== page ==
“I said that it was important that [Katehi] understand that the students wanted to see her, and to see her seeing them. We came up with a scenario where she would leave, be seen, and get the face-to-face contact [with the students] that was necessary. It had to be silent and respectful, not a shouting match. It was the best we could hope for.”

Video footage of Stoneking escorting Katehi’s silent ‘walk of shame’ has, like the footage of the initial pepper-spray incident, gone viral. The UC Davis community is currently waiting for the findings of the task force called to investigate the incident.

“We’re probably going to find out what we already know, that responsibility in an institution as large as the university is diffused,” Stoneking said. “What I’m afraid is that the investigations will allow us to skip over the real work, which is to decide what healing is and how to use this experience to become the kind of community we can be.”

Rather, Stoneking expressed a heightened need for compassion, as understanding and empathy are critical steps for promoting positive change. Instead of waiting on results of the investigation as an excuse to get back to business as usual, empathic listening would be the key to getting everybody on the same side and on the same agenda, she said.

“Our best hope is to get everybody in a conversation to understand how everyone feels,” Stoneking said. “Students need to understand what it’s like to be a chancellor of a university — that’s a life sacrifice. Meanwhile, [Katehi] needs to understand what it’s like to be a student who has to live out of their car for a quarter because they can’t pay rent. And all of us need to understand what it’s like to be a cop.”

Just as she noted that the students’ commitment to peaceful silence channeled their power in a positive way, Stoneking believed that peaceful communication would help ensure that the collective power of the Occupy movement be used constructively.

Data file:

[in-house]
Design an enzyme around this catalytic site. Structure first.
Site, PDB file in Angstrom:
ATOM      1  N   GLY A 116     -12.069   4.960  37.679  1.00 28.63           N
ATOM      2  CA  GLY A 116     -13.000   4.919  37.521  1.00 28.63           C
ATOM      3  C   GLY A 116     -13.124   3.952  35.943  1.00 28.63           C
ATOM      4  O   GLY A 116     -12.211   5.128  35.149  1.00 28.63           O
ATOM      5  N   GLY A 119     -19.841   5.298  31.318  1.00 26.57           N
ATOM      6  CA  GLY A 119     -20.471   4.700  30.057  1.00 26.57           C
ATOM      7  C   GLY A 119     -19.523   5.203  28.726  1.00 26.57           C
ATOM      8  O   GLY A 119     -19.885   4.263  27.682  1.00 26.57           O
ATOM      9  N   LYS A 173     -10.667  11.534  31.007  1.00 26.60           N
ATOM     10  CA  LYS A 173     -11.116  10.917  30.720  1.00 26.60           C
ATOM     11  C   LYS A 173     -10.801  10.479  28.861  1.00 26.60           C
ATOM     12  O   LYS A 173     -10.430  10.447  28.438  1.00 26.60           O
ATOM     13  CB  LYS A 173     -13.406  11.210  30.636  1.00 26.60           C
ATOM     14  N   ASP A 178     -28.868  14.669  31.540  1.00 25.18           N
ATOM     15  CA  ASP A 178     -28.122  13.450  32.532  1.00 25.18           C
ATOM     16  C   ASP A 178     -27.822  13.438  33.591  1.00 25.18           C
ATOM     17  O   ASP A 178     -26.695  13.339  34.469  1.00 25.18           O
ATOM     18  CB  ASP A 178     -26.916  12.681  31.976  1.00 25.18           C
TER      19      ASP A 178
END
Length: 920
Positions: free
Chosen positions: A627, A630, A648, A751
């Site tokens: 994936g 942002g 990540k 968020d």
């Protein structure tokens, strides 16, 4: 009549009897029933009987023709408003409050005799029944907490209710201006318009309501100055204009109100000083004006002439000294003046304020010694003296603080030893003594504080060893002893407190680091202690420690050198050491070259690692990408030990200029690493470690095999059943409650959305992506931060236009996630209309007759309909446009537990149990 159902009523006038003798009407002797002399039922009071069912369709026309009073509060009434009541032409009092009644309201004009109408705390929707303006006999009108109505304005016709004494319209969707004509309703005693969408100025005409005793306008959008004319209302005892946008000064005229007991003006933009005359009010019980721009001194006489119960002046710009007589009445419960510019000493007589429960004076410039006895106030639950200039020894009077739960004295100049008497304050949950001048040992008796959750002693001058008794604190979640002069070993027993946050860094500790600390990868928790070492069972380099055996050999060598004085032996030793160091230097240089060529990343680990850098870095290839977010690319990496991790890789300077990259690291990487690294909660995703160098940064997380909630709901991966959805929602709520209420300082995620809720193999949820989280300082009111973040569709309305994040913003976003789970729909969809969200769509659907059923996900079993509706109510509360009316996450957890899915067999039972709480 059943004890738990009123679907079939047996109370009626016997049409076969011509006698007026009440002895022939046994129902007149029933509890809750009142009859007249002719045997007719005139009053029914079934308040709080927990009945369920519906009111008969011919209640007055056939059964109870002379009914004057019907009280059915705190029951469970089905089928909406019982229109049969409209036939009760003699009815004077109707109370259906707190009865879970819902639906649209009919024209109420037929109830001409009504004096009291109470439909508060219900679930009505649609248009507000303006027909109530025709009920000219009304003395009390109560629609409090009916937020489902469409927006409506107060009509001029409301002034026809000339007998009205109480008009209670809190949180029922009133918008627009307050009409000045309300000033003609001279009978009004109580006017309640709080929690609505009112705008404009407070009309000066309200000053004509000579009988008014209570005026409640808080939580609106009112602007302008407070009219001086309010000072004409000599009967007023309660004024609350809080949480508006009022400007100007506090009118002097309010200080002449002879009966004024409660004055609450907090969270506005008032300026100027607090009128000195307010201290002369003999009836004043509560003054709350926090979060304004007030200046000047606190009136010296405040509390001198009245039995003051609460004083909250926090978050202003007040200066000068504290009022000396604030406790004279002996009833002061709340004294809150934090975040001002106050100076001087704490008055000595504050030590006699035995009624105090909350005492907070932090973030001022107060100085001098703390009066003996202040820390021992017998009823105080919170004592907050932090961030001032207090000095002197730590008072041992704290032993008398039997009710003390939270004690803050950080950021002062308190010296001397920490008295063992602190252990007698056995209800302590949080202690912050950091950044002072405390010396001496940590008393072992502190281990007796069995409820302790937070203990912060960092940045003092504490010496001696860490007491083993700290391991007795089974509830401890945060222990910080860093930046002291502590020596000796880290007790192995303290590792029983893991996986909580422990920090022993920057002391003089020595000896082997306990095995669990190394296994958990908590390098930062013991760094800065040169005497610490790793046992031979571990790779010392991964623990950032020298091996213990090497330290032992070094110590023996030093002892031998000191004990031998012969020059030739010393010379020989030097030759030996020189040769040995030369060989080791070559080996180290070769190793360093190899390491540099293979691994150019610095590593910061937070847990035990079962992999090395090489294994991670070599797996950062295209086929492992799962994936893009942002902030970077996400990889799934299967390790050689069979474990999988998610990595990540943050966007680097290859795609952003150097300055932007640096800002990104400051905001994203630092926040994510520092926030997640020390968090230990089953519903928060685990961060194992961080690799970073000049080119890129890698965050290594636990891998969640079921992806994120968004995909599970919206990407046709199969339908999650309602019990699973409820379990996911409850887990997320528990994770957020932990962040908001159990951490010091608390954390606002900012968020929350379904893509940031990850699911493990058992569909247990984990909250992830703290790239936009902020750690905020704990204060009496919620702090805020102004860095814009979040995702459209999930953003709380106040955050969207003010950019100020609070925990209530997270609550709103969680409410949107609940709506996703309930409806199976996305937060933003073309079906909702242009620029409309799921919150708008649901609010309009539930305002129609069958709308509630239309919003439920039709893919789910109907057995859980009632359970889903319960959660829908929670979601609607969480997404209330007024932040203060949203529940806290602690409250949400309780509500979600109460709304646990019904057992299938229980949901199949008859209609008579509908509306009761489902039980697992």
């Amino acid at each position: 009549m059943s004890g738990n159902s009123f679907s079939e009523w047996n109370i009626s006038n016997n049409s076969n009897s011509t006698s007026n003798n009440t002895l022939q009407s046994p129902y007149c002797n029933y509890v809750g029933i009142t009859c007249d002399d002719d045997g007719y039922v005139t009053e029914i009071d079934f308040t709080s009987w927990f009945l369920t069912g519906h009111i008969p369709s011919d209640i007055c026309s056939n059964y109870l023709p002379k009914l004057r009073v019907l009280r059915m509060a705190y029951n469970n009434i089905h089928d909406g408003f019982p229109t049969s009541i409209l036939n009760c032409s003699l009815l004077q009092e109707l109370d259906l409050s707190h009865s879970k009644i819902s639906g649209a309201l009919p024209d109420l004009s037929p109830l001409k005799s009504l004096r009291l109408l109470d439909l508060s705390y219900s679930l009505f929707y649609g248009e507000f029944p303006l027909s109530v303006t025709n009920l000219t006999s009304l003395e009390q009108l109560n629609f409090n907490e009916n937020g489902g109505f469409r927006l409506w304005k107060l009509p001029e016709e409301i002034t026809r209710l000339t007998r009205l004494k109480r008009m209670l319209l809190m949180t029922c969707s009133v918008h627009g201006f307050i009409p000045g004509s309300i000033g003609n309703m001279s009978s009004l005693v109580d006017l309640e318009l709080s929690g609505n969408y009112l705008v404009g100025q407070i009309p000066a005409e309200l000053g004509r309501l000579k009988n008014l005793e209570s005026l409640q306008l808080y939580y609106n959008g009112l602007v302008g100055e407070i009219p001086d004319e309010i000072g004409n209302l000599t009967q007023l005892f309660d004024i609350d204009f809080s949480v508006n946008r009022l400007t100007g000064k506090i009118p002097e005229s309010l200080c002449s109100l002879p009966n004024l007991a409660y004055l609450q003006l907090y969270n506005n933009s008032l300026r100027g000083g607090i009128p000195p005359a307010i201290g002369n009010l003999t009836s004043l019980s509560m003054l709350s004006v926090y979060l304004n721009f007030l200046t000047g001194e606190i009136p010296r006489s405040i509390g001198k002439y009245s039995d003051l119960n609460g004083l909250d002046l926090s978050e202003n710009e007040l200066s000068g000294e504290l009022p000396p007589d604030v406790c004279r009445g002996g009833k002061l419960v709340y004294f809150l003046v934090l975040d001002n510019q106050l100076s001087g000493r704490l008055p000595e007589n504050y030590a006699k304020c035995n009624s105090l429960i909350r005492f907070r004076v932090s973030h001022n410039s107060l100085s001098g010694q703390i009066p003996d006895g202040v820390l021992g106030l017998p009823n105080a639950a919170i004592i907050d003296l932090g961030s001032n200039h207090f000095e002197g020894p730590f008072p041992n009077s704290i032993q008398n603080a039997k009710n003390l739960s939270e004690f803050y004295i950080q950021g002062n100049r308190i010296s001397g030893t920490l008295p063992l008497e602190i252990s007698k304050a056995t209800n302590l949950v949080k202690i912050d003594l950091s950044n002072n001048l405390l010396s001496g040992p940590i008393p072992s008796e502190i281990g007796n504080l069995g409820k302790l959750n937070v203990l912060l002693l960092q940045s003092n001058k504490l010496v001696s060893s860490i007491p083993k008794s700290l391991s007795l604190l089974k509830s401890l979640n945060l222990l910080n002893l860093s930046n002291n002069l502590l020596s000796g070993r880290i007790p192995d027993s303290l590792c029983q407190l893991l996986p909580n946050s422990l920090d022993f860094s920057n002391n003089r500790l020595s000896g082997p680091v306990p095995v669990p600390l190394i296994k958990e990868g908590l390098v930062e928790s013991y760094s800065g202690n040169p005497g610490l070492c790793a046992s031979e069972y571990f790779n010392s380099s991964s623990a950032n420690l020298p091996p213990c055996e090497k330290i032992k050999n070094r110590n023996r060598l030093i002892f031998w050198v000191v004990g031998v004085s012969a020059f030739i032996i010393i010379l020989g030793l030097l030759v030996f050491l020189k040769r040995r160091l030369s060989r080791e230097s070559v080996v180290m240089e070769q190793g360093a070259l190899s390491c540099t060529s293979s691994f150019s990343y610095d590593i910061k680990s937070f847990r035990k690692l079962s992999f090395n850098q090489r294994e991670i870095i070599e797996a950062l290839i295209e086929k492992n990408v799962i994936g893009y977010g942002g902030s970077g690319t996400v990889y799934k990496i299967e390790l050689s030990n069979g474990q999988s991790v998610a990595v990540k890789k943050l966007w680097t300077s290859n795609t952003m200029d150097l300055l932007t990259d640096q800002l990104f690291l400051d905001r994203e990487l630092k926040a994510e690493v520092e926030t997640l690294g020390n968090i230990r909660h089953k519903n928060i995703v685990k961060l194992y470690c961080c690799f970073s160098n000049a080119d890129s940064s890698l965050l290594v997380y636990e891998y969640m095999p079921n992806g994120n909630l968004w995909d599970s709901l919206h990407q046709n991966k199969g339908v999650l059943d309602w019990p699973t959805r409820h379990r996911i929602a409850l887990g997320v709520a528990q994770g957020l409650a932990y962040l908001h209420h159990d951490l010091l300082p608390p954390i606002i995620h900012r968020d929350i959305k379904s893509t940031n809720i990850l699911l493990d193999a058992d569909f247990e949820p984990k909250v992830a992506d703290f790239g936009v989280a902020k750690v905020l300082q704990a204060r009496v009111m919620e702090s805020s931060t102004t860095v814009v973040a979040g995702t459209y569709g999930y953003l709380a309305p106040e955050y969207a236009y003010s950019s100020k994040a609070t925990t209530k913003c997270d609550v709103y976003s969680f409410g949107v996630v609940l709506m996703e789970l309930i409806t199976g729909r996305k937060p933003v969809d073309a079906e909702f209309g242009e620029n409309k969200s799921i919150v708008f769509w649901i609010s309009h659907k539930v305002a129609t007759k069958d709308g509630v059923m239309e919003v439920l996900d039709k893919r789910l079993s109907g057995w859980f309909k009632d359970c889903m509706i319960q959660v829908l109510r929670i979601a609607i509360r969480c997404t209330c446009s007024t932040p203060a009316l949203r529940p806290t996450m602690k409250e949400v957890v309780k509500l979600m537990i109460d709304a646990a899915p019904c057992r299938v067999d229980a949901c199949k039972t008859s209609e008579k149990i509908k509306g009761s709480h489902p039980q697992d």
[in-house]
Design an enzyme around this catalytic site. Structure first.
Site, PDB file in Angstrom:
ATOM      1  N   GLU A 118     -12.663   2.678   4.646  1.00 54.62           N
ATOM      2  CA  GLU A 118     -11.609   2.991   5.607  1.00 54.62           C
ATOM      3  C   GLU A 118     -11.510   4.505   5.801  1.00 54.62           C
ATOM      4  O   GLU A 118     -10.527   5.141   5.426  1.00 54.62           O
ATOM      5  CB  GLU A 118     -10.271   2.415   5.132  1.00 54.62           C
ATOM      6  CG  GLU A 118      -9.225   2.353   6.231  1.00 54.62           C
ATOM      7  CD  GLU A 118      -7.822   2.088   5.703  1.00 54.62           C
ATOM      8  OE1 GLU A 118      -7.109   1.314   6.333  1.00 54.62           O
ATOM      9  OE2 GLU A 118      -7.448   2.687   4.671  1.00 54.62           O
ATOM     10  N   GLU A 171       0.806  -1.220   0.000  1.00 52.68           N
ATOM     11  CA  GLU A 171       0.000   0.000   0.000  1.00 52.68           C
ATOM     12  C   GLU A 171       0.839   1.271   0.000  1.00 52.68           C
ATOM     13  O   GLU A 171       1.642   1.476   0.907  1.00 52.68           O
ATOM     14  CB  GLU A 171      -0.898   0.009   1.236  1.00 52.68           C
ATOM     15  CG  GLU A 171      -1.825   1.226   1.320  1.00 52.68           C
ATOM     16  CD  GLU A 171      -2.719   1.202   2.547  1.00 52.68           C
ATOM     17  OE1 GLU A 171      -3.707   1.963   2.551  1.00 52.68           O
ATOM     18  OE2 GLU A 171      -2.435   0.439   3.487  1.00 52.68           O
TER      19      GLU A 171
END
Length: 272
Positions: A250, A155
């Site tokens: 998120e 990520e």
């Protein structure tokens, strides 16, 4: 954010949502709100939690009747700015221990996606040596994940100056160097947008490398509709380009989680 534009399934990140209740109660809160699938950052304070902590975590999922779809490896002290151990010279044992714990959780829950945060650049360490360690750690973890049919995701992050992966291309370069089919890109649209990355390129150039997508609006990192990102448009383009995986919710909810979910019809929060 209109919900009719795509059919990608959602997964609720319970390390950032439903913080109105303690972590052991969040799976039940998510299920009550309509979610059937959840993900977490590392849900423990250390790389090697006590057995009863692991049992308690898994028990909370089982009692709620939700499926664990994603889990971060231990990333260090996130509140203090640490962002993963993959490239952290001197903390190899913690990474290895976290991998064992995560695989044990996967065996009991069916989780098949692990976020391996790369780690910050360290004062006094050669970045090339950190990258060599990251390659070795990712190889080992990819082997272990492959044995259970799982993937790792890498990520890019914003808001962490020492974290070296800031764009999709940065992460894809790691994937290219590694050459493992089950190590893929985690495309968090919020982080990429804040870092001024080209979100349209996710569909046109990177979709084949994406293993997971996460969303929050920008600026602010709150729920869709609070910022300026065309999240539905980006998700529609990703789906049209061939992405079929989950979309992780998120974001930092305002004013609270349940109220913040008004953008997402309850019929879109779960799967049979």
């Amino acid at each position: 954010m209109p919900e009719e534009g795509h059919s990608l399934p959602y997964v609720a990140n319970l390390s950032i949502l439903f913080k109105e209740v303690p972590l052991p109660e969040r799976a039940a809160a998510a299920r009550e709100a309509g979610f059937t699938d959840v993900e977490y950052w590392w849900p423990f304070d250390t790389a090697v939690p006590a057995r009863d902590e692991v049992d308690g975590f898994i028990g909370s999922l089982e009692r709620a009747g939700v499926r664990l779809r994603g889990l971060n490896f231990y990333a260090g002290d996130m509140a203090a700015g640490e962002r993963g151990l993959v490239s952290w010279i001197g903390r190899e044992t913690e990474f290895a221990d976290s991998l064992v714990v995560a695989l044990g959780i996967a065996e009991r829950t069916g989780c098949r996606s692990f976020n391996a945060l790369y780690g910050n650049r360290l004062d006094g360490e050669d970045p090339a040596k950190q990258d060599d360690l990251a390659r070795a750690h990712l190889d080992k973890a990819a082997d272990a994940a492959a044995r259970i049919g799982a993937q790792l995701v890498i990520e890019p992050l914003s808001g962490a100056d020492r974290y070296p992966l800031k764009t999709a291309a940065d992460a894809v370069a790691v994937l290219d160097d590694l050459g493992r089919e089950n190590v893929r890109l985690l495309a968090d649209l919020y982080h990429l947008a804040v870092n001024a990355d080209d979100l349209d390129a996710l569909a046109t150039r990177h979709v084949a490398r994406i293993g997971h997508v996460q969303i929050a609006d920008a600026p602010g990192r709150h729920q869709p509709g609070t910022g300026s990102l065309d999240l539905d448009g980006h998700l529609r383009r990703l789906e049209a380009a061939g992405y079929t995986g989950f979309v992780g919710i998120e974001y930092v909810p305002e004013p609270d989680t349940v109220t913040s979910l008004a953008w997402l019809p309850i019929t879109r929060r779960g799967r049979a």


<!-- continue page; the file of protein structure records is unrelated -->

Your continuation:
“That night at Surge II, this great space was opened for compassion,” Stoneking said. “What can happen if we adhere to a means that [reflect] the ends that we want? Respecting each other means honoring each other to do good.”

LANI CHAN can be reached at features@theaggie.org.


  1. “That night at Surge II, this great space was opened for compassion,” Stoneking said… Respecting each other means honoring each other to do good.”

    There is no respect when the administration calls for the use of military grade chemical weapons on students fighting for the future of public education.

    There is no respect when the administration edges out students from poor communities and communities of color in order to pay their own unprecedented salaries.

    Why are we presupposing mutual respect? Katehi and the administration commit continued disrespect and even violence, against their students. Hearing about respect from a minister who is probably paid by Katehi is just insulting.